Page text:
Playboy founder Hugh Hefner died Wednesday night at the age of 91, and new photos reveal that the mogul had been suffering from poor health for quite some time. During his final months, Hefner went from relying on a walker to move around to becoming bedridden, due to a crippling back infection.
According to the reports Hefner began having back problems over a decade ago, but it wasn’t until two years ago when the infection began that things steadily got worse. His health started to deteriorate, and his immune system weakened. By the time he caught a bug two weeks ago, his body was too weak to fight it.
Hefner was reportedly surrounded by family when he passed, including his daughter Christie and sons, Marston and Cooper. Also by his side was his second wife and former Playboy playmate, Kimberly Conrad.
A photo released by TMZ that was taken back in January shows a frail Hef using a walker, which explains why he made limited public appearances over the past few years. One of his last was in May 2016 when he announced the Playmate of the Year. However, even though his public appearances were rare, he still hosted movie nights at the mansion.
Hefner’s body was laid to rest in a crypt at Westwood Village Memorial Park in Los Angeles next to Playboy’s first cover girl, Marilyn Monroe. Back in 1992, Hefner bought the spot next to the famous blonde for $75,000.
“I’m a believer in things symbolic,” Hefner told the Los Angeles Times when he made the purchase. “Spending eternity next to Marilyn is too sweet to pass up.”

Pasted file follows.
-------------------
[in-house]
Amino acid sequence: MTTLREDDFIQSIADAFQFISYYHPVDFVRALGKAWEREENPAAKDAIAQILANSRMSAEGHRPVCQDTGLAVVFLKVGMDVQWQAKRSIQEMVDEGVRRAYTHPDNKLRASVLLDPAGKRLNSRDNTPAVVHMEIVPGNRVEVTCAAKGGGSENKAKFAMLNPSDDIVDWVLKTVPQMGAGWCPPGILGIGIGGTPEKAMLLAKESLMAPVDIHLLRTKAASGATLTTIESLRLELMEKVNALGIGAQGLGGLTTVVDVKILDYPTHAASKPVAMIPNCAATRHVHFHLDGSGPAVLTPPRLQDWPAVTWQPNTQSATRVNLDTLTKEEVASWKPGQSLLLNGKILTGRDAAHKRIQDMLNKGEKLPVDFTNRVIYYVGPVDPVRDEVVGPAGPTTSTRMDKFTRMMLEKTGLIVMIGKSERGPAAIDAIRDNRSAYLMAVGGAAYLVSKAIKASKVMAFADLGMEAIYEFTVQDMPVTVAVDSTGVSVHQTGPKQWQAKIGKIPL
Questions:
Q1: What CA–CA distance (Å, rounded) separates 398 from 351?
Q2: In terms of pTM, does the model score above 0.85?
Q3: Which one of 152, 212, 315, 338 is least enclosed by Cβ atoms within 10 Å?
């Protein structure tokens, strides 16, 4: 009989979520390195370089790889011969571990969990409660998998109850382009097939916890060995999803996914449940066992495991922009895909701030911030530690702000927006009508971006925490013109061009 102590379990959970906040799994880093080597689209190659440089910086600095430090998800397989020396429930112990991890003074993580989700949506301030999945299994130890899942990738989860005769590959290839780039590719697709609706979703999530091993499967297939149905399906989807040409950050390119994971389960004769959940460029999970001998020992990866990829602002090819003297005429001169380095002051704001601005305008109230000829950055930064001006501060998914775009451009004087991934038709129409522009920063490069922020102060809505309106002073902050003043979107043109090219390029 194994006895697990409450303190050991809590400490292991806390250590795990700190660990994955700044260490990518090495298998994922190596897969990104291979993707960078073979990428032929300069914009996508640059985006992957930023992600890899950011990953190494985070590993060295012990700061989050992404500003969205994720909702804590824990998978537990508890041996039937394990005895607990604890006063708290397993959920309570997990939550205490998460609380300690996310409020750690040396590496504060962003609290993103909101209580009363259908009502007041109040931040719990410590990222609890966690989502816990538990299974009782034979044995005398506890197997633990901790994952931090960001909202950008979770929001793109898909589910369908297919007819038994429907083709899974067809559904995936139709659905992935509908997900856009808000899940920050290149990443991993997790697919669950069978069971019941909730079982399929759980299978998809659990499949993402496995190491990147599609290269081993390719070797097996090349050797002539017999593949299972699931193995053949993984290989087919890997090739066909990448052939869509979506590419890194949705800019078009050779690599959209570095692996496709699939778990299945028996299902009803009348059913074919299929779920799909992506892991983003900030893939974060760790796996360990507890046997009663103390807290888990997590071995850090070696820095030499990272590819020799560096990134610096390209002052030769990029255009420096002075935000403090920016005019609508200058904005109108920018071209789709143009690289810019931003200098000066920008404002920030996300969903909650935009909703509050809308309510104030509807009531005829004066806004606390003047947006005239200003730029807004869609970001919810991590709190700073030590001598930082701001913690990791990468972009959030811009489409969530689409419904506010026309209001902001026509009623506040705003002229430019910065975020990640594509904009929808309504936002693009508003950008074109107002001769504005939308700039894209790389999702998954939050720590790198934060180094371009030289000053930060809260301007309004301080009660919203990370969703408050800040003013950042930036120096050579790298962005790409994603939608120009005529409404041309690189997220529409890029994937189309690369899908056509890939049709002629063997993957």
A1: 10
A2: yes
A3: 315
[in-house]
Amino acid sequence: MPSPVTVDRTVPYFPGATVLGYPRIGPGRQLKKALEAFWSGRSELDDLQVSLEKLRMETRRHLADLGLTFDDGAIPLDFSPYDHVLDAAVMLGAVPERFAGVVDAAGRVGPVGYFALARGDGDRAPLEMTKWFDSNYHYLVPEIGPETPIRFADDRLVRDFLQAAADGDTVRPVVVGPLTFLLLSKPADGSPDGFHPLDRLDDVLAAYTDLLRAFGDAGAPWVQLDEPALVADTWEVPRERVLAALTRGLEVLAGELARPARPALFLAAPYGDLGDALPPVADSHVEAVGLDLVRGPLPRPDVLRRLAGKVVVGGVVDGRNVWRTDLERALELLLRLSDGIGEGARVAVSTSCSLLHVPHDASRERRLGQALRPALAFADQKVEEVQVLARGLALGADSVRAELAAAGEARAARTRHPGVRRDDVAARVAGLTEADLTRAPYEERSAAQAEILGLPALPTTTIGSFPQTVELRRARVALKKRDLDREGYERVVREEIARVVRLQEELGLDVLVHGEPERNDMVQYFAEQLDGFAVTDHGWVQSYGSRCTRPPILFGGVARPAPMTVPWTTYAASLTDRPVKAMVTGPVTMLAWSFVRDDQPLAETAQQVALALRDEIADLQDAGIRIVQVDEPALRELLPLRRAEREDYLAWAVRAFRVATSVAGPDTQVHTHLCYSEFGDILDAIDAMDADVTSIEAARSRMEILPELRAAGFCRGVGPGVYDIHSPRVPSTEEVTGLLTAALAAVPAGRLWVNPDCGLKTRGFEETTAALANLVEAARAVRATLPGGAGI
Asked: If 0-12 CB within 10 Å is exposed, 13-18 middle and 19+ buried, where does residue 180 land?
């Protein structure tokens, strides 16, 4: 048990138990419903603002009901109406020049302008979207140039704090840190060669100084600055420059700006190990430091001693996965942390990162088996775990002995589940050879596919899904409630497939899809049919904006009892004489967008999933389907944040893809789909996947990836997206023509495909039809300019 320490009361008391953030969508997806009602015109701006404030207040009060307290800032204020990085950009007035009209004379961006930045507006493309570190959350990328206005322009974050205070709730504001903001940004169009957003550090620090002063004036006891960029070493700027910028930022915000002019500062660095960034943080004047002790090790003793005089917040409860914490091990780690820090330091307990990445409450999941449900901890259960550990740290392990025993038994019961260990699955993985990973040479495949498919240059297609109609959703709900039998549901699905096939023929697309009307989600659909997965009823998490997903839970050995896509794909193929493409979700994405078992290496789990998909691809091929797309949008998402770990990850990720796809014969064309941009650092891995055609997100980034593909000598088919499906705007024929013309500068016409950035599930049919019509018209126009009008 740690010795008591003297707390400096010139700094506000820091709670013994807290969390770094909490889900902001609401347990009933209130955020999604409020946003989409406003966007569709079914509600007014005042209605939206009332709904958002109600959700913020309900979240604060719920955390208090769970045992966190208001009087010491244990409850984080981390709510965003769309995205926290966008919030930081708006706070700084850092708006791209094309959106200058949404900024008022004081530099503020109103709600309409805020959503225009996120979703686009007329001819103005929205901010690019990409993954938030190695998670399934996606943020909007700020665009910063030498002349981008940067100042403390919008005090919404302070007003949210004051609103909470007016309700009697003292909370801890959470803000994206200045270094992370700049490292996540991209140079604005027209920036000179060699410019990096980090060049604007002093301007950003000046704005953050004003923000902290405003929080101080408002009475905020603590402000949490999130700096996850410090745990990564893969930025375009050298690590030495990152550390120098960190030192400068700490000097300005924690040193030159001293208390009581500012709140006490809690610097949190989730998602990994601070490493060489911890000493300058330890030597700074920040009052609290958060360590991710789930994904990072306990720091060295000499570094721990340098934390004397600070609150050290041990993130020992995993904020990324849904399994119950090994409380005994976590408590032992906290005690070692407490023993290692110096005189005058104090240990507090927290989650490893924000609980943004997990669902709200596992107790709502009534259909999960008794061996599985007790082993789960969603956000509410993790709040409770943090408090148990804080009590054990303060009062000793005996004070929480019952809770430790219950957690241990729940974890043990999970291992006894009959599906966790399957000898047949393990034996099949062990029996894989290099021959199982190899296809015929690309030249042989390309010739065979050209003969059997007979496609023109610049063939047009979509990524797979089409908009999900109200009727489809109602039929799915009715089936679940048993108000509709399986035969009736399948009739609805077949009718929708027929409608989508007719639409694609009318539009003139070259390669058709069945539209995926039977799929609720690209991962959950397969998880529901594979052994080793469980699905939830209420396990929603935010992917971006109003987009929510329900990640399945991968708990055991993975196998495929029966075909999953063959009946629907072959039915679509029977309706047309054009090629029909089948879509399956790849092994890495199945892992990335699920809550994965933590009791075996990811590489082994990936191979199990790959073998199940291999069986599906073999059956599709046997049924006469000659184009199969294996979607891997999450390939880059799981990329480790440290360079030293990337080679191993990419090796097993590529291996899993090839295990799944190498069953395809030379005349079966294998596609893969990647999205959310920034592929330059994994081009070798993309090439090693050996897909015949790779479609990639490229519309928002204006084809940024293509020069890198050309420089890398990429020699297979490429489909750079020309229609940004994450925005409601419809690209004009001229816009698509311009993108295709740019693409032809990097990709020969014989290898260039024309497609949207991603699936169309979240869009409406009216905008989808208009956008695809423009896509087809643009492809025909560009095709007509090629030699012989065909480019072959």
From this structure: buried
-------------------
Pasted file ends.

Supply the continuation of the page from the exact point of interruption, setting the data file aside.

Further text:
He said he did not wear underwear. A look at High Hefner, the pajama man. https://t.co/56uNE6zkUw
— NYT Obituaries (@NYTObits) October 1, 2017
The story behind Monroe’s appearance in Playboy’s first issue is legendary, and the choices Hugh Hefner made when launching his controversial magazine ended up making him a success.
Monroe had posed for the nude photo four years before Hefner published it in his magazine in 1953. During the time between taking the picture and it appearing in Playboy, Monroe’s career took off, and she became famous.
Hefner bought the picture for $500 and his decision to make it his first centerfold was pure genius. Monroe also appeared on the cover fully clothed.
Many people had heard about the nude photo but hadn’t seen it because of the US Postal Service’s rules against sending nudity in the mail. When Monroe’s nude photo was available to see in Hefner’s magazine, sales went through the roof and it resulted in a wildly successful launch.
Hefner and Monroe never met, and in her memoir Marilyn: Her Life in Her Own Words by George Barris, she said that she only made fifty bucks on something that made millions for others and never got a thank you from anyone who profited from her embarrassment.